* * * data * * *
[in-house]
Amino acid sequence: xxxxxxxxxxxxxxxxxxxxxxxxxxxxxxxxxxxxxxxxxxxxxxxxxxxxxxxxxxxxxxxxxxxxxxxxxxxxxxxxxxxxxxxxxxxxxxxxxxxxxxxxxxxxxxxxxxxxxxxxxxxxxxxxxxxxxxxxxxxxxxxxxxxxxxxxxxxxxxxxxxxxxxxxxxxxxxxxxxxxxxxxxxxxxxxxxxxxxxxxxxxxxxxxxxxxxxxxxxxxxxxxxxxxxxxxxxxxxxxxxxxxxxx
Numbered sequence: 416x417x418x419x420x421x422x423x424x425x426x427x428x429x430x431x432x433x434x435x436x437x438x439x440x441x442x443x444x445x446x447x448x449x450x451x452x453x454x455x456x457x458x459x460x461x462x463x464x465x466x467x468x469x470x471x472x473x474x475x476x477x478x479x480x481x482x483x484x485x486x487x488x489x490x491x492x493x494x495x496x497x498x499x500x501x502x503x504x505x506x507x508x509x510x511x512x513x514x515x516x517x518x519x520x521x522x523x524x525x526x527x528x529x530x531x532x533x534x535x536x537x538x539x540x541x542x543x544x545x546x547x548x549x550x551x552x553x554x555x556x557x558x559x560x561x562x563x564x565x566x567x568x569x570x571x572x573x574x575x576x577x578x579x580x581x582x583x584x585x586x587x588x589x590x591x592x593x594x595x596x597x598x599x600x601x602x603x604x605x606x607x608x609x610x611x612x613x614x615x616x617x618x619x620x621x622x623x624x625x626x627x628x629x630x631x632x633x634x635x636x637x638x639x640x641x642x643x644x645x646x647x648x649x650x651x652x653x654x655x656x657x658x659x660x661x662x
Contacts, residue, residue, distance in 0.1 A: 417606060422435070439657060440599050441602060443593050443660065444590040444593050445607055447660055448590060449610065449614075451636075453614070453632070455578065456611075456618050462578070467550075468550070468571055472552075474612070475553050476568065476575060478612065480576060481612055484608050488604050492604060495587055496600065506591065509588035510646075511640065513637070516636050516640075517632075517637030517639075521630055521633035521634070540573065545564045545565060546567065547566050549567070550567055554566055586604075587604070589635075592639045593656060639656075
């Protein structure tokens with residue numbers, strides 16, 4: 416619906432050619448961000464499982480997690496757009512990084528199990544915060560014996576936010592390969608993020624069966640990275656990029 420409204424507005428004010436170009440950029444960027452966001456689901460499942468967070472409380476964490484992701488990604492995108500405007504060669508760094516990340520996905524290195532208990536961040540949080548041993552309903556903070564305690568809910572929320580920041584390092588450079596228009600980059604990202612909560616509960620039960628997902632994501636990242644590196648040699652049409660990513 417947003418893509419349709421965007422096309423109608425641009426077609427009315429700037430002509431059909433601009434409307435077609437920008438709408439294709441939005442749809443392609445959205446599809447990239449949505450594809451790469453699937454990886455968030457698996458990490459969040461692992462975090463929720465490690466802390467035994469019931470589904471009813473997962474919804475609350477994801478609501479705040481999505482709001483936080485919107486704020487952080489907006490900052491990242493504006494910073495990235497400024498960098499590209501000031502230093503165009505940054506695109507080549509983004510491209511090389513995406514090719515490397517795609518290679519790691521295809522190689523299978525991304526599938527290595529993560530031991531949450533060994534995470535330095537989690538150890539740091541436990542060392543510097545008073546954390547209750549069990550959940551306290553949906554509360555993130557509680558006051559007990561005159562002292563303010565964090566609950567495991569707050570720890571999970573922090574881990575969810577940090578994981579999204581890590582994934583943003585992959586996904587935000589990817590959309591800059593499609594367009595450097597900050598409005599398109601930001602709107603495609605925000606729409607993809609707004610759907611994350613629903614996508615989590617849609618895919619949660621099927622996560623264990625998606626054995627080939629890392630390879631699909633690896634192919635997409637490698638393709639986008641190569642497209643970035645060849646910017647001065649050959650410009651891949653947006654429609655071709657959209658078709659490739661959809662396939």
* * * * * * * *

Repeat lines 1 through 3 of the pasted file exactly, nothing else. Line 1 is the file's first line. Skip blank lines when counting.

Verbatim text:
[in-house]
Amino acid sequence: xxxxxxxxxxxxxxxxxxxxxxxxxxxxxxxxxxxxxxxxxxxxxxxxxxxxxxxxxxxxxxxxxxxxxxxxxxxxxxxxxxxxxxxxxxxxxxxxxxxxxxxxxxxxxxxxxxxxxxxxxxxxxxxxxxxxxxxxxxxxxxxxxxxxxxxxxxxxxxxxxxxxxxxxxxxxxxxxxxxxxxxxxxxxxxxxxxxxxxxxxxxxxxxxxxxxxxxxxxxxxxxxxxxxxxxxxxxxxxxxxxxxxxx
Numbered sequence: 416x417x418x419x420x421x422x423x424x425x426x427x428x429x430x431x432x433x434x435x436x437x438x439x440x441x442x443x444x445x446x447x448x449x450x451x452x453x454x455x456x457x458x459x460x461x462x463x464x465x466x467x468x469x470x471x472x473x474x475x476x477x478x479x480x481x482x483x484x485x486x487x488x489x490x491x492x493x494x495x496x497x498x499x500x501x502x503x504x505x506x507x508x509x510x511x512x513x514x515x516x517x518x519x520x521x522x523x524x525x526x527x528x529x530x531x532x533x534x535x536x537x538x539x540x541x542x543x544x545x546x547x548x549x550x551x552x553x554x555x556x557x558x559x560x561x562x563x564x565x566x567x568x569x570x571x572x573x574x575x576x577x578x579x580x581x582x583x584x585x586x587x588x589x590x591x592x593x594x595x596x597x598x599x600x601x602x603x604x605x606x607x608x609x610x611x612x613x614x615x616x617x618x619x620x621x622x623x624x625x626x627x628x629x630x631x632x633x634x635x636x637x638x639x640x641x642x643x644x645x646x647x648x649x650x651x652x653x654x655x656x657x658x659x660x661x662x